“New Tools for Liquid Biopsies: Microfluidic Platforms for the Efficient Isolation and Molecular Profiling of Circulating Tumor Cells (CTCs), Cell Free DNA (cfDNA) and Nanovesicles (Exosomes)” is the title of the talk that Prof. Steven Soper gave on Monday, July 23, 2018 in South Bend, IN. Soper was one of nine invited speakers to talk at the AIP Publishing Horizons: Targeted Nucleic Acid Detection and Delivery conference at the University of Notre Dame, July 23-24.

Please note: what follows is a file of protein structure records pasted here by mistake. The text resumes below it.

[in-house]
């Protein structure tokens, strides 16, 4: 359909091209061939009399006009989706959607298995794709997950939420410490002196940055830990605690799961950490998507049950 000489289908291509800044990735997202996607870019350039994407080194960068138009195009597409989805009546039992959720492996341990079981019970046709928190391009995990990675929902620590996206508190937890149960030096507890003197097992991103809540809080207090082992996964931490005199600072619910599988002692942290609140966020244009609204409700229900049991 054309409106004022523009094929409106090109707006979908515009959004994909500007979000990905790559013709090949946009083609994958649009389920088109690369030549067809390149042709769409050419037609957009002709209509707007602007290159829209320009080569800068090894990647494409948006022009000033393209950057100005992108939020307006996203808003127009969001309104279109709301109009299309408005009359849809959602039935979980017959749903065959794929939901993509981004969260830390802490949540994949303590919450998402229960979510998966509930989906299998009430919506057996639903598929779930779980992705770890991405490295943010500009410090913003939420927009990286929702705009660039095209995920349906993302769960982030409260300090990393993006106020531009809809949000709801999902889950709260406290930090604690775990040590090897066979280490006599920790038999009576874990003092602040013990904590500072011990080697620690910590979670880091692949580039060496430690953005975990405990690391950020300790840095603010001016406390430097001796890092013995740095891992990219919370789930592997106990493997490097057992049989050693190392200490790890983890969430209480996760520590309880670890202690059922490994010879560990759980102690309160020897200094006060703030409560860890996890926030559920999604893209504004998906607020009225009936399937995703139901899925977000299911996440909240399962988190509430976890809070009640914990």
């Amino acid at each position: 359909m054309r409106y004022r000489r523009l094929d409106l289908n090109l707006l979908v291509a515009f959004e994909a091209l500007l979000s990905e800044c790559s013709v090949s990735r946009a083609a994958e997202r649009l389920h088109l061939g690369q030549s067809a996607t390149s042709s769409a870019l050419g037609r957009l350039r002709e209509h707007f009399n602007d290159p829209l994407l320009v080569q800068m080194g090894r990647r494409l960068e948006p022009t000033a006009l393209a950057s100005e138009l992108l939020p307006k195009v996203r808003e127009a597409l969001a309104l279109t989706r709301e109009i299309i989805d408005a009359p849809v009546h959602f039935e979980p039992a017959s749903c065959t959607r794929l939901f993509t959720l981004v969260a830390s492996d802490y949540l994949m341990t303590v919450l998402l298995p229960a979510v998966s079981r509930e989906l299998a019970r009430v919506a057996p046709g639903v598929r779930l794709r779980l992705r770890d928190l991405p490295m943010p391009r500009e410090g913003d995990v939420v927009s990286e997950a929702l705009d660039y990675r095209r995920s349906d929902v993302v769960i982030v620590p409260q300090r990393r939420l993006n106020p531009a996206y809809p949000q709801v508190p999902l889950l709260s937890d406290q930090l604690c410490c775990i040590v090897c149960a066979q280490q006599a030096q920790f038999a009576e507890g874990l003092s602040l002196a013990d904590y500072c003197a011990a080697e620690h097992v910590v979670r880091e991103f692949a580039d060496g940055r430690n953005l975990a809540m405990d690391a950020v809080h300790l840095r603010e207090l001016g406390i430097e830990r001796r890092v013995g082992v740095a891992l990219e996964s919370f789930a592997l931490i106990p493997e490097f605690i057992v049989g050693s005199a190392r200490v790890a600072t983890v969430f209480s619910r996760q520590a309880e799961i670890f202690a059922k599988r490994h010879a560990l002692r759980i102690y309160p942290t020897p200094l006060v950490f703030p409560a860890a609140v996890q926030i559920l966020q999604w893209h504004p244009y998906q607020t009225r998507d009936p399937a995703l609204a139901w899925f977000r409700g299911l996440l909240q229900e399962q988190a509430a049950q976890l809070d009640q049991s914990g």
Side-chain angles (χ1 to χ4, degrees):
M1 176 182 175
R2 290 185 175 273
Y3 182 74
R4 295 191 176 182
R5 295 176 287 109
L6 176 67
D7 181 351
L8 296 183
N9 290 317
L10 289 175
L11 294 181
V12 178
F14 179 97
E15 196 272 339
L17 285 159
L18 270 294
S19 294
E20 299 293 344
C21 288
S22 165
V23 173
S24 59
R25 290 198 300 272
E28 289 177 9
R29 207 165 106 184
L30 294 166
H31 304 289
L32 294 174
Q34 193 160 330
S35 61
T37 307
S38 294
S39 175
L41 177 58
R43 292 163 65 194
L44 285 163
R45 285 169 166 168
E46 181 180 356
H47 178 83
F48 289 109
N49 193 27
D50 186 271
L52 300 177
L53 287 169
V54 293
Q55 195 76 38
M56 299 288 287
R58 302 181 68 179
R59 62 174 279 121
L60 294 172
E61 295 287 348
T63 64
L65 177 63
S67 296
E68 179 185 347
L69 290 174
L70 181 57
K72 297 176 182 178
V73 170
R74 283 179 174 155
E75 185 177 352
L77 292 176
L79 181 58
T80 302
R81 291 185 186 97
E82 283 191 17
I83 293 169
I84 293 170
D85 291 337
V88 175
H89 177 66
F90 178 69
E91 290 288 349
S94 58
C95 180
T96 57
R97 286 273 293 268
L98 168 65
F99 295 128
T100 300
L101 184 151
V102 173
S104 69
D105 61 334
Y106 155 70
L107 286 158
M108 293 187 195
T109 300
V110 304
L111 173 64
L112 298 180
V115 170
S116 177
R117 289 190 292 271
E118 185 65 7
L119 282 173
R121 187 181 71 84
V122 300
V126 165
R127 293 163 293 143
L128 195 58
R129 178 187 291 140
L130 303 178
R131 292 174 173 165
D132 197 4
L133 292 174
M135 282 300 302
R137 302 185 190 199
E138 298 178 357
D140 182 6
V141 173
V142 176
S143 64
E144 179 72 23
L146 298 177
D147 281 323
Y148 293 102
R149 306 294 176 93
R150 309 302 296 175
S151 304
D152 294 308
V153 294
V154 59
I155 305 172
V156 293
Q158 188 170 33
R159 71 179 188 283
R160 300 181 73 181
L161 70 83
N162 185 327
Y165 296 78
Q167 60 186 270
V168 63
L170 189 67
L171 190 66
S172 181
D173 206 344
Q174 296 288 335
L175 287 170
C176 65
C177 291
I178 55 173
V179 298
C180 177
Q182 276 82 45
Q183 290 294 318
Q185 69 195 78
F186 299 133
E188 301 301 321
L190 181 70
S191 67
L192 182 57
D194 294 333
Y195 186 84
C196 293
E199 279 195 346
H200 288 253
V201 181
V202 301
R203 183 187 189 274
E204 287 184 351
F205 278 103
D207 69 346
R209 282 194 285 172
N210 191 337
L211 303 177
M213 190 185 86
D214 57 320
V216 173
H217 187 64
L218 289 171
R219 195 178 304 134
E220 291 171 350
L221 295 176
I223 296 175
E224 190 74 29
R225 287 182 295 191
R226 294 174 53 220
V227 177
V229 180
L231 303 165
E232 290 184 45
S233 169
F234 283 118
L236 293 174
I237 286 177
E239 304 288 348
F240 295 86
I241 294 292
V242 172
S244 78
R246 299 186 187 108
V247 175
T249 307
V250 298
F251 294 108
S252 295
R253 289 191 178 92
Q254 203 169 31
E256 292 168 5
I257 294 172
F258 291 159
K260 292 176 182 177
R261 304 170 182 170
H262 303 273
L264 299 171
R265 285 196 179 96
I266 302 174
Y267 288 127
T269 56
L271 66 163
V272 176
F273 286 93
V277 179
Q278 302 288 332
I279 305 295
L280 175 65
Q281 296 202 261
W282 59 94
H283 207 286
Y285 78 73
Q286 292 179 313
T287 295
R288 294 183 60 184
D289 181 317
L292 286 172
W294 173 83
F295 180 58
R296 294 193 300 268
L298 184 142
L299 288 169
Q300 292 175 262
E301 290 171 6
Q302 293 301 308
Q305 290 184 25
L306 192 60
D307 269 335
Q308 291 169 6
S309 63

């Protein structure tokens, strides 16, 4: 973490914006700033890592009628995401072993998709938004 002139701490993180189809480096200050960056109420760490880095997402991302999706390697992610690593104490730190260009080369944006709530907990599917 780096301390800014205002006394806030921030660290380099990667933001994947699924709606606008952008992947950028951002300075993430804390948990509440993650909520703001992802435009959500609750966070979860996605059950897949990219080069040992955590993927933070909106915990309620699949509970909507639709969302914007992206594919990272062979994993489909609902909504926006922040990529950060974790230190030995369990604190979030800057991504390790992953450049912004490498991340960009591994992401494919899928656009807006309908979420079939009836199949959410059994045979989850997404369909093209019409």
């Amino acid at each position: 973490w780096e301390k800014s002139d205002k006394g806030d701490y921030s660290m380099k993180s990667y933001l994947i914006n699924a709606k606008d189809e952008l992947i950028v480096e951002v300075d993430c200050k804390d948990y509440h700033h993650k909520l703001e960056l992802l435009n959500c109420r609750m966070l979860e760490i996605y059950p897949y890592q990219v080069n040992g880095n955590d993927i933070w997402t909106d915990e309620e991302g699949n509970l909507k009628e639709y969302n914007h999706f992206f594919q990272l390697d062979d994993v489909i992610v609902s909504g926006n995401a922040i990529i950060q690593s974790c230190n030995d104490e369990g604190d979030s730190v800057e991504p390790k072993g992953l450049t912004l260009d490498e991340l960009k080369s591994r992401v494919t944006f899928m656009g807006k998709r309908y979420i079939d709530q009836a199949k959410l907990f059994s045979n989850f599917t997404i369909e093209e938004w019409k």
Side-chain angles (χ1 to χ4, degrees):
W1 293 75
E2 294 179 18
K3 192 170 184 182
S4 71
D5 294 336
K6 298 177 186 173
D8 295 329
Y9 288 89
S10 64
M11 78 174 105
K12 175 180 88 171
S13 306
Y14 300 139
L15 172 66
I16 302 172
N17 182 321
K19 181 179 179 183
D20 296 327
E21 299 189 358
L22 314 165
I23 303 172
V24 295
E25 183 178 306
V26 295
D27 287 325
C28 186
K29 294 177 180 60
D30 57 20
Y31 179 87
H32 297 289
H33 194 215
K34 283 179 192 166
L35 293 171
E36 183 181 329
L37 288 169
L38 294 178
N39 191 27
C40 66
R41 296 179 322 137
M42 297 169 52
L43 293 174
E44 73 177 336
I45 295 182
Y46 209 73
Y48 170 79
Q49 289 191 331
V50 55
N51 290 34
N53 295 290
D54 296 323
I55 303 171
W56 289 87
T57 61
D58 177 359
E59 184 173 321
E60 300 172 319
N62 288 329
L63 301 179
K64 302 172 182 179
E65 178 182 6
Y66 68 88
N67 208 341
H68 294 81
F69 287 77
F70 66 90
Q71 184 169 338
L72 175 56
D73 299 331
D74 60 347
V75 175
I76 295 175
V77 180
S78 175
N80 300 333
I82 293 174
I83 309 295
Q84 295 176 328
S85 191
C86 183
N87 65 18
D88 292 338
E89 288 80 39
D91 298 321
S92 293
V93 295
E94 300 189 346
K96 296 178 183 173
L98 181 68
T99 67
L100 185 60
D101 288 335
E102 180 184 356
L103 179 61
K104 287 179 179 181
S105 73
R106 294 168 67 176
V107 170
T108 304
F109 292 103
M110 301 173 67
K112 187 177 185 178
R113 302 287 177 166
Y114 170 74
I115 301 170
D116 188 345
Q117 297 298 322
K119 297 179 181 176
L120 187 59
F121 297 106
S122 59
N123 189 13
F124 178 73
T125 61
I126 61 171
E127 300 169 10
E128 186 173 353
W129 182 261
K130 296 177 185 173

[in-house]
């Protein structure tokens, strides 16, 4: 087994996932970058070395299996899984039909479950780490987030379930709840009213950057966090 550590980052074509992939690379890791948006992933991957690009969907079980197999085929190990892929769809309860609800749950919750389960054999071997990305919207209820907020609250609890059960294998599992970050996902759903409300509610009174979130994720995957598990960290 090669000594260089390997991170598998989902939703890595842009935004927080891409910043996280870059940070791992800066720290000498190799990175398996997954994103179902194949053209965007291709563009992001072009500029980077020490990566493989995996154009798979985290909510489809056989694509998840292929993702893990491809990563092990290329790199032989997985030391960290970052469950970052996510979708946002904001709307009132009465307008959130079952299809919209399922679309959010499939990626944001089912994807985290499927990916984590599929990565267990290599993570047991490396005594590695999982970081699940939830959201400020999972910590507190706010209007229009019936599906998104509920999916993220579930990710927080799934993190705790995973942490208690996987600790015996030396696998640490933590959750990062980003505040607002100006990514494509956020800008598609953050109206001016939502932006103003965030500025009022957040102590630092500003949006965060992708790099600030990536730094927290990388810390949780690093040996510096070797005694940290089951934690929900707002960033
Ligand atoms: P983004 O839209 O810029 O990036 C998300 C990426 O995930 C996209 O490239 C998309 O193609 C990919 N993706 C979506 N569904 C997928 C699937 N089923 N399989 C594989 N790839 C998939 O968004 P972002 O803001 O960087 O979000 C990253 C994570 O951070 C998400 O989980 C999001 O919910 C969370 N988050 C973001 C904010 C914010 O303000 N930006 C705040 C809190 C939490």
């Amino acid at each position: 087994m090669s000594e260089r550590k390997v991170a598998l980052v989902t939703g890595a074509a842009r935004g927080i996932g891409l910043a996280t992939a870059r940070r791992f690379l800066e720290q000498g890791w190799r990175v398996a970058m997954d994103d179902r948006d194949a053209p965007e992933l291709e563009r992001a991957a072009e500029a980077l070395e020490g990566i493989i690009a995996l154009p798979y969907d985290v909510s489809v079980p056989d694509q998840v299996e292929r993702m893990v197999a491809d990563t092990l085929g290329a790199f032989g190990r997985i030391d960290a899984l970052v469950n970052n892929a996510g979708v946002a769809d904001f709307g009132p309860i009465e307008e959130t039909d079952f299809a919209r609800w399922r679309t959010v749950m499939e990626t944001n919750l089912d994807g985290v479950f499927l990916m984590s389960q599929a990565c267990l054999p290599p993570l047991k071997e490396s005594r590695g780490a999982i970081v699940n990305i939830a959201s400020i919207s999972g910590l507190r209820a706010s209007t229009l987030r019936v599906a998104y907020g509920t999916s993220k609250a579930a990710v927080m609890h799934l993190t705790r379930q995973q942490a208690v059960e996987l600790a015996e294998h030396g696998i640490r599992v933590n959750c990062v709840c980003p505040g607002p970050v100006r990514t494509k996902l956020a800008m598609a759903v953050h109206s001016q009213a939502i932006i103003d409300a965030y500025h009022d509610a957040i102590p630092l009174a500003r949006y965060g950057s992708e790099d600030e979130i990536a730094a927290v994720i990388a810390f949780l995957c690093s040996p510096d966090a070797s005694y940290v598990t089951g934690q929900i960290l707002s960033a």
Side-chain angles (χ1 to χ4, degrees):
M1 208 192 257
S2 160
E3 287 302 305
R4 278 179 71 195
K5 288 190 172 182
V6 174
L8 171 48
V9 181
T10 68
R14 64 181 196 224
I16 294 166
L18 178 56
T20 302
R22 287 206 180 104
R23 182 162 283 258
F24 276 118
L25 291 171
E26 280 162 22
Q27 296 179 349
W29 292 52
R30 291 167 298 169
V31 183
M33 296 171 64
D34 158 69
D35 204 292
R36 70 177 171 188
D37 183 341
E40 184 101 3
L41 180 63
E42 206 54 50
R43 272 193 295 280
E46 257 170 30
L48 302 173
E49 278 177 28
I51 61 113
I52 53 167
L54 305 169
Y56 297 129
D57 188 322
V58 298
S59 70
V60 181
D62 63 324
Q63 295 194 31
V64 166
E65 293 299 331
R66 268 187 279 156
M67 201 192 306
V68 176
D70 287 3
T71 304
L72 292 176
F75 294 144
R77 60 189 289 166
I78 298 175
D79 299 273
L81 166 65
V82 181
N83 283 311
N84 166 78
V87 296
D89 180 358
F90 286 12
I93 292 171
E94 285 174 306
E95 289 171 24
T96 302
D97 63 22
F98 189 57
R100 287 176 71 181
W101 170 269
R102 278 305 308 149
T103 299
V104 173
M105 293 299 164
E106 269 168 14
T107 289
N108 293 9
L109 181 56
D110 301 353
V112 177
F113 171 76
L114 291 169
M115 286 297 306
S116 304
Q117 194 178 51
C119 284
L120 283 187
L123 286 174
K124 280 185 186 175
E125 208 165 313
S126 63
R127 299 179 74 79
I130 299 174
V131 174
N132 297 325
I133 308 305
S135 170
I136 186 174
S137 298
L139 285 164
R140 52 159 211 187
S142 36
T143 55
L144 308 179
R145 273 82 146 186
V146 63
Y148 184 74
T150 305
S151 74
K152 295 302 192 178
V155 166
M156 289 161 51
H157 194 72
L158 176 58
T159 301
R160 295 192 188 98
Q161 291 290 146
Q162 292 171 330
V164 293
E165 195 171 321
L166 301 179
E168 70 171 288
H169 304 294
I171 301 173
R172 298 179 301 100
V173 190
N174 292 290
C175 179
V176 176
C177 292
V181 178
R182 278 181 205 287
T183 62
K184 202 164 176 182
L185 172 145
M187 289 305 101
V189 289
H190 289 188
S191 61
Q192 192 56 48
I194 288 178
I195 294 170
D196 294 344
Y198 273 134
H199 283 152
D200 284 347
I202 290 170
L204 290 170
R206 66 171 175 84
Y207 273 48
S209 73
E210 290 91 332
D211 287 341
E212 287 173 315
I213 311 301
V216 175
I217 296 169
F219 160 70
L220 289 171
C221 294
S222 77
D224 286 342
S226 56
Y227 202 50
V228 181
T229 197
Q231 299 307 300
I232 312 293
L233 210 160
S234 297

Liquid biopsies are generating great interest within the biomedical community due to the simplicity for securing important biomarkers to manage complex diseases, such as many of the cancer-related diseases. These circulating markers consist of CTCs, cfDNA and exosomes. We are developing a suite of microfluidic devices that are can process whole blood directly and engineered to efficiently search for a variety of disease-associated liquid biopsy markers from divergent subpopulations comprising the tumor microenvironment that can supply complementary clinical information. Each microfluidic device can isolate the target with recovery >90% and sufficient purity (>80%) to enable downstream molecular analysis of the particular biomarker. The microfluidic devices are made from thermoplastics via injection molding to allow for mass-production of devices with tight compliancy to accommodate clinical implementation. In this presentation, information will be shared on the operational parameters of these devices for the selection of liquid biopsy markers, and the downstream molecular information that can be garnered from the isolated markers in diseases such as colorectal, ovarian, breast, pancreatic and prostate cancers as well as some of the liquid-based cancers (acute myeloid leukemia).